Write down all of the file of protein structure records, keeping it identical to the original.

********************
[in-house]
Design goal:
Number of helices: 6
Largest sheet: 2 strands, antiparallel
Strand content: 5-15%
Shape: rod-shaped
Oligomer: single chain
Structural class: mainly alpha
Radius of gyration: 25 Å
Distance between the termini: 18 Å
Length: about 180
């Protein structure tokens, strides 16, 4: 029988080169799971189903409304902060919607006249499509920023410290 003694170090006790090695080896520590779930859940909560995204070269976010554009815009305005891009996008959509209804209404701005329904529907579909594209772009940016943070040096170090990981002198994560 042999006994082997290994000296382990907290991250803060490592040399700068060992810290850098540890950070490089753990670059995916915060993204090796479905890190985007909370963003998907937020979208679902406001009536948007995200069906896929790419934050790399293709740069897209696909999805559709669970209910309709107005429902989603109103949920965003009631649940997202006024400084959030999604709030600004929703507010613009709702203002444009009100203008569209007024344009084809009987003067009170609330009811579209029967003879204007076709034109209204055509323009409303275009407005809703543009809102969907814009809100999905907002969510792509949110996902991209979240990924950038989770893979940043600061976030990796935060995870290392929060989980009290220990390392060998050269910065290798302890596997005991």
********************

[in-house]
Design goal:
Number of helices: 6
Largest sheet: 2 strands, antiparallel
Strand content: 5-15%
Shape: rod-shaped
Oligomer: single chain
Structural class: mainly alpha
Radius of gyration: 25 Å
Distance between the termini: 18 Å
Length: about 180
């Protein structure tokens, strides 16, 4: 029988080169799971189903409304902060919607006249499509920023410290 003694170090006790090695080896520590779930859940909560995204070269976010554009815009305005891009996008959509209804209404701005329904529907579909594209772009940016943070040096170090990981002198994560 042999006994082997290994000296382990907290991250803060490592040399700068060992810290850098540890950070490089753990670059995916915060993204090796479905890190985007909370963003998907937020979208679902406001009536948007995200069906896929790419934050790399293709740069897209696909999805559709669970209910309709107005429902989603109103949920965003009631649940997202006024400084959030999604709030600004929703507010613009709702203002444009009100203008569209007024344009084809009987003067009170609330009811579209029967003879204007076709034109209204055509323009409303275009407005809703543009809102969907814009809100999905907002969510792509949110996902991209979240990924950038989770893979940043600061976030990796935060995870290392929060989980009290220990390392060998050269910065290798302890596997005991």